Modus Tollens

Mark Spitznagel recently wrote a great book called Safe Haven. It got me thinking about logic and finance in a way I hadn’t before and really helps to cut through the noise in finance. It’s a great book that combines ideas of probability and non-ergodicity with a passion for investing.

Spitz contends that if the goal of the investor is to increase wealth then they should be focused not on arithmetic returns but cost adjusted growth rate (CAGR). Doing so requires not only “setting sail” and going after returns but also mitigating risk through cost-effective insurance.

How does insurance help? If you can find a cost-effective way to protect wealth you are better off in the long run. Losses have an asymmetric effect on portfolio growth owing to the concavity of geometric averaging (think of the graph of a logarithm). As a simple example, a 50% loss requires a 100% gain to recover from.

The book has a central hypothesis:

If a strategy cost-effectively mitigates a portfolio’s risk, then adding that strategy raises the portfolio’s CAGR over time.

Spitz applies Popperian falsification to rigorously test the cost-effectiveness of risk mitigation. The essence of Popperian falsification comes down to a syllogism called modus tollens or “denying the consequent.”

The structure of modus tollens looks like “If hypothesis, then outcome. Not outcome. Therefore, not hypothesis.” Symbolically, it can be represented as the following:

The logic here can be a bit tricky, particularly when you consider the cases where the hypothesis is false (vacuous truth). Here is the truth table for the proof of modus tollens as a refresher:

In short, what modus ponens tells us is that if we have have an implication and we have a negation of the consequent then we can conclude the negation of the antecedent. So, we can conclude that our hypothesis is false.

What we cannot do, however, is prove that a hypothesis is true (though the logical argument may be valid). This is the basis of the scientific method: disproving hypotheses to get closer to the truth.

If we deny the outcome by finding that adding the risk mitigation strategy to a portfolio does not raise the CAGR of the portfolio, then we must also deny that the strategy cost-effectively mitigates the risk of the portfolio.

Spitz makes a good point about starting with hypothesis a priori, rather than building an ad hoc hypothesis that fits experimental data.

“We need logical explanations that independent and formed prior to those observations.”

This statement hits at the idea of formulating causal relationships for hypotheses — something Yudea Pearl talks about in his Book of Why. Nutrition is an example of a field with lots of data where you can apply an ad hoc hypothesis to and have no understanding of the causal relationships that may (or may not) exist underneath, and have a hard time falsifying with existing data.

Spitz also brings up logical fallacies to be avoided such as “affirming the consequent” and “denying the antecedent”. Again, I refer the reader to Sean McClure’s excellent podcast on logical fallacies for further investigation.

I’m currently doing a deep dive on cost-effective risk mitigation for portfolio management. In particular I’m looking at the feasibility of using convex products to protect either a single stock position, or a basket of stocks like the SPX.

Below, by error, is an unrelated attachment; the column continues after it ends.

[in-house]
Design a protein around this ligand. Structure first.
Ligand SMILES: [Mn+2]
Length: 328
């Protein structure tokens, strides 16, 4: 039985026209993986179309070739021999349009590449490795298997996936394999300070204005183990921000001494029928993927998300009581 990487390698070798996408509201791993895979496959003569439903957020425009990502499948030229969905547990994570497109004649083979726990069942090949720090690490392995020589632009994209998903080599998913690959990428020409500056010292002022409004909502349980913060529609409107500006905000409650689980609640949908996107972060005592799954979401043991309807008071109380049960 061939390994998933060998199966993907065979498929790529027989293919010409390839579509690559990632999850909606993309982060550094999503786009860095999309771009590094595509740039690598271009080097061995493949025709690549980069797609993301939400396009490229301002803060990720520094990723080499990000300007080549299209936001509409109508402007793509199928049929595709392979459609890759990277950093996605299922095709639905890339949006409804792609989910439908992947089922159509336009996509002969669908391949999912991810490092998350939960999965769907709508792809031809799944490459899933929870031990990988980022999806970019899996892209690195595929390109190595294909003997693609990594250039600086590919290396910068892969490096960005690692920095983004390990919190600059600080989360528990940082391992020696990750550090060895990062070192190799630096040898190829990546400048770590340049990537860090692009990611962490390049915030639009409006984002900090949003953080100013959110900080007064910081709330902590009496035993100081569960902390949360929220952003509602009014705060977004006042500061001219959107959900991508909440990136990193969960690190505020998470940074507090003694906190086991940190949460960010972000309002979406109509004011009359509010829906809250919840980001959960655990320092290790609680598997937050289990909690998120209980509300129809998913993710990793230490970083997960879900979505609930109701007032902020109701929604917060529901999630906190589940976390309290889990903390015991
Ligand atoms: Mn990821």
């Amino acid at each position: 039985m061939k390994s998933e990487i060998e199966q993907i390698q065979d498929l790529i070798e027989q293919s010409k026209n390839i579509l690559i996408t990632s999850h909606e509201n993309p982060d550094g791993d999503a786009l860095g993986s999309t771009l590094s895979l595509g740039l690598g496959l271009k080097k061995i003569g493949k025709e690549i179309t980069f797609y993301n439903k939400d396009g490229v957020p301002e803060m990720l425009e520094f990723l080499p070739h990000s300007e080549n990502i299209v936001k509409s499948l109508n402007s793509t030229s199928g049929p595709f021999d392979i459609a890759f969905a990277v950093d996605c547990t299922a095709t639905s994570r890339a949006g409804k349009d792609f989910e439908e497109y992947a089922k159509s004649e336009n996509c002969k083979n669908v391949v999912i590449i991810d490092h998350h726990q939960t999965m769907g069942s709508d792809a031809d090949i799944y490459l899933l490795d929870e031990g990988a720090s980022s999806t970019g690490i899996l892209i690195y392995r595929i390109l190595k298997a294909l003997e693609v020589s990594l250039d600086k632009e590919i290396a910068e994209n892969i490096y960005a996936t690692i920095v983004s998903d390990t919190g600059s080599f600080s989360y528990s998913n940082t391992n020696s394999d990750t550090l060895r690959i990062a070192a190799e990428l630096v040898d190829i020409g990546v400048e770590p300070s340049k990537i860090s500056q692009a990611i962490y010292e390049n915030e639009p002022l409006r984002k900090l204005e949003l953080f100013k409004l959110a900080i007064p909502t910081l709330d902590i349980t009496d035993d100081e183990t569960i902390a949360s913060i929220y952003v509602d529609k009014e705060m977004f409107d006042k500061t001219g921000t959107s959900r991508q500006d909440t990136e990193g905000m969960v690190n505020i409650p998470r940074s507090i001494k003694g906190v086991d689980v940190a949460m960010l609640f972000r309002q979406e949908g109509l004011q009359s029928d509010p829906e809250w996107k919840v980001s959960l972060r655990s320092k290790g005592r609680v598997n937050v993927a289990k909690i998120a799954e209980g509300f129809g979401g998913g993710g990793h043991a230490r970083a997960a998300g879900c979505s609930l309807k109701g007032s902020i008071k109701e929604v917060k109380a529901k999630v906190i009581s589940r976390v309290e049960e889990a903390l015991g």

Thinking About Probability #4

Ergodicity.

Continuing the detour here before I return to Papoulis & Pillai.

I recently came across a great explainer video on ergodicity by Alex Adamou on Ergodicity.tv

Ergodicity is an incredibly important concept to understand when dealing with multiple trajectories of a stochastic process — which is simply a random process through time. Common examples of stochastic processes include games of chance (i.e. rolling a dice) and random walks (i.e. path a molecule takes as it travels in a liquid or gas).

Taking some examples from Alex, below is a graph representing a stochastic process X(t) with a set of four trajectories {xn(t)}.

To determine the finite time average we fix the trajectory and average horizontally over the time range

Finite time average

When time diverges the time average is given by

Time average

In the finite ensemble average we fix time and average over the trajectories

Finite ensemble average

When the number of systems diverge the ensemble average is given by

Ensemble average (imagine there are many more trajectories)

A stochastic process is ergodic if the time average of a single trajectory is equal to the ensemble average.

Shown graphically, here is what we are examining:

Ergodic perspective

And that’s really all there is to ergodicity! Ergodicity is a special case where the time average is equal to the time average.

Said differently, the time average and the ensemble average are only interchangeable when the process under consideration is ergodic.

This is a key point because the ensemble average is often easier to determine than the time average. Alex points to economics as an example where people often utilize expectation values to represent temporal phenomena without knowing if the system is ergodic.

In many real world scenarios, things exhibit strong path dependence meaning that they are very likely non-ergodic. The classic example is Polya’s urn where a ball is selected from an urn with balls of two different colors. The ball is then replaced and another ball of the same color that was selected is added to the urn. The first ball selected has a large impact on the subsequent makeup of the urn over multiple trials and breaks ergodicity.

I highly recommend watching Alex’ video for additional examples. I think he did a really good job of distilling the essence of ergodicity for the layman.

Now I am thinking about how you can tell if a process is stochastic or the result of deterministic chaos…